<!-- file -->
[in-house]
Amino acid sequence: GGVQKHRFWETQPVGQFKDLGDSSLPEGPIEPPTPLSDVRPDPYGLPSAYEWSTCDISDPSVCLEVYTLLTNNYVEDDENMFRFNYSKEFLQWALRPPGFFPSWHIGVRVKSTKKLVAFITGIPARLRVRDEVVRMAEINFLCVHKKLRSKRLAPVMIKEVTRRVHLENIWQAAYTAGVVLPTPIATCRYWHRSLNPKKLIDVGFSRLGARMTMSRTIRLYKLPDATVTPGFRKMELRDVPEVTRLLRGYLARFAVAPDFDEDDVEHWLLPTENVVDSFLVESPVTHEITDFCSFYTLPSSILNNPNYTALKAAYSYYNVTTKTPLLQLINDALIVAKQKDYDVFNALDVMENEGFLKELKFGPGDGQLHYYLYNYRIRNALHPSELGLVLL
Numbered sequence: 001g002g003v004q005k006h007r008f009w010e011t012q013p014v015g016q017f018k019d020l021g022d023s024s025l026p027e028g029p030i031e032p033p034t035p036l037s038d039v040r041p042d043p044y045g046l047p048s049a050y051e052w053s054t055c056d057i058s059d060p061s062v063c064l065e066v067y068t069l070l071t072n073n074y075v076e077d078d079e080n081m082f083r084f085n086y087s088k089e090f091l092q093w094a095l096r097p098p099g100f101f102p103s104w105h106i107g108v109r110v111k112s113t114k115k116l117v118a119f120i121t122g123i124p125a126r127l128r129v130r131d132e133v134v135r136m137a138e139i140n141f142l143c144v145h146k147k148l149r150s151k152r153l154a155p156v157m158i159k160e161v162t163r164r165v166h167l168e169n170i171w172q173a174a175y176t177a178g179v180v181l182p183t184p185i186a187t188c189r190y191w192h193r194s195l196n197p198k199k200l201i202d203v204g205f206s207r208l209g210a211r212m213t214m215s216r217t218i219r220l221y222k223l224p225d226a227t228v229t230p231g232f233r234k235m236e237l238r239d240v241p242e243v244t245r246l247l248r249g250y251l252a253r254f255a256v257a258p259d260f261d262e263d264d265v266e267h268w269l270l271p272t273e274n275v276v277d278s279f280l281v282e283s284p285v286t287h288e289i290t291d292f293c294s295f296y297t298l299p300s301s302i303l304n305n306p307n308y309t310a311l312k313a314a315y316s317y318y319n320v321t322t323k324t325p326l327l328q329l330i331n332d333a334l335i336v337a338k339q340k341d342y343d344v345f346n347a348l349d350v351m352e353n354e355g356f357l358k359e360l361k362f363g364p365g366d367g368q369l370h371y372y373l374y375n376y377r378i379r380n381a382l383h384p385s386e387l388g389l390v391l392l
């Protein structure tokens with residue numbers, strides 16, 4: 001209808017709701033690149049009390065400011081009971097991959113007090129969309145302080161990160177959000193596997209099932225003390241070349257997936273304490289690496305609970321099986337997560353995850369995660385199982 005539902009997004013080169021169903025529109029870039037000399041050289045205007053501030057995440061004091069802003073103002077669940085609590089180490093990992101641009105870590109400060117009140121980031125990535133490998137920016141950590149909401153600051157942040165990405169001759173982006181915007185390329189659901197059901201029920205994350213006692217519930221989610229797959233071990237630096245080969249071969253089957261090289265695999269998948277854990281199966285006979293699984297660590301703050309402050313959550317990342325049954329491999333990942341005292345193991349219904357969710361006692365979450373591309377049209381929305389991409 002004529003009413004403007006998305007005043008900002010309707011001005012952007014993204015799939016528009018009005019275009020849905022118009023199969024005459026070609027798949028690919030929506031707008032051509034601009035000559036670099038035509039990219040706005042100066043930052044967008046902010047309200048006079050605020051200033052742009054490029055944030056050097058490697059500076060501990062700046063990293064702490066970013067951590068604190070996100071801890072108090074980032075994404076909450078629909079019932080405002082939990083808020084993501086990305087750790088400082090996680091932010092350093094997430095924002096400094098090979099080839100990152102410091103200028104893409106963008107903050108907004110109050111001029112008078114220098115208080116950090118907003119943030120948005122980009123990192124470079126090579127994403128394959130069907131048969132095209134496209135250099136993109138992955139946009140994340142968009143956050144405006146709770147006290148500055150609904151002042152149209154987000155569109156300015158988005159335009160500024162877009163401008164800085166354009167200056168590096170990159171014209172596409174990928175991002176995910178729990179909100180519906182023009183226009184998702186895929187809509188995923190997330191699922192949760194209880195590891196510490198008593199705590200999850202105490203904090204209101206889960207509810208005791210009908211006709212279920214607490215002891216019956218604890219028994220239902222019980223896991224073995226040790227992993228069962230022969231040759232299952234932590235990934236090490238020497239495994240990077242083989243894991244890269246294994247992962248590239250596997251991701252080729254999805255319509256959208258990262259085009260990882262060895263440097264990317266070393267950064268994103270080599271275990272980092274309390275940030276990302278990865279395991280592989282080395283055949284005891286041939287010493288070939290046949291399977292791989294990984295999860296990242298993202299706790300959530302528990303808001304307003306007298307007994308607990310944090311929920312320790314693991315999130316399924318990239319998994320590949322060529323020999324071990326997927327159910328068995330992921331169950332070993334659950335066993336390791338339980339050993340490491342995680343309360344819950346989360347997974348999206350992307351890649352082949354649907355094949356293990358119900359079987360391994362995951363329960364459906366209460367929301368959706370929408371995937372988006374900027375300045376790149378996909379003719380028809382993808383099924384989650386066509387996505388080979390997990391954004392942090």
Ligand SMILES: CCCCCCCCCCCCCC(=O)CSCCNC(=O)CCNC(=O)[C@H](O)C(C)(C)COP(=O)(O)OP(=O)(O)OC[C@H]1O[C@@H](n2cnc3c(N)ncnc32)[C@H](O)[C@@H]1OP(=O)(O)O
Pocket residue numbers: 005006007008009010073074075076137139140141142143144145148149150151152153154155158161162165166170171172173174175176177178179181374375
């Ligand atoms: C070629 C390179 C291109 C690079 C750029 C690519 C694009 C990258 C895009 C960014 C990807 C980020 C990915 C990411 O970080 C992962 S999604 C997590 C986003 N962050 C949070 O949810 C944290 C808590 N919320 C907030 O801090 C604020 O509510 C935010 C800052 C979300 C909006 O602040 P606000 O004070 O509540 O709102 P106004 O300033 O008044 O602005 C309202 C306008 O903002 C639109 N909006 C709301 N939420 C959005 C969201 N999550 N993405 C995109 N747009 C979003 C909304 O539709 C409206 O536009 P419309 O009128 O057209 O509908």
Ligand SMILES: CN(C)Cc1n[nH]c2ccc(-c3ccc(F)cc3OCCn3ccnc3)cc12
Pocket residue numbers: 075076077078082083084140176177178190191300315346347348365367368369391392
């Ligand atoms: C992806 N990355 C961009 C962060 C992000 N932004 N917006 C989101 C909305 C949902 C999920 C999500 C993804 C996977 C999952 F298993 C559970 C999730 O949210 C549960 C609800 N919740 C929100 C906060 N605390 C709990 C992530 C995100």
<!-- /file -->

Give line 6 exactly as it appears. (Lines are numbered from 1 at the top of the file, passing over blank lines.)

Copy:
Pocket residue numbers: 005006007008009010073074075076137139140141142143144145148149150151152153154155158161162165166170171172173174175176177178179181374375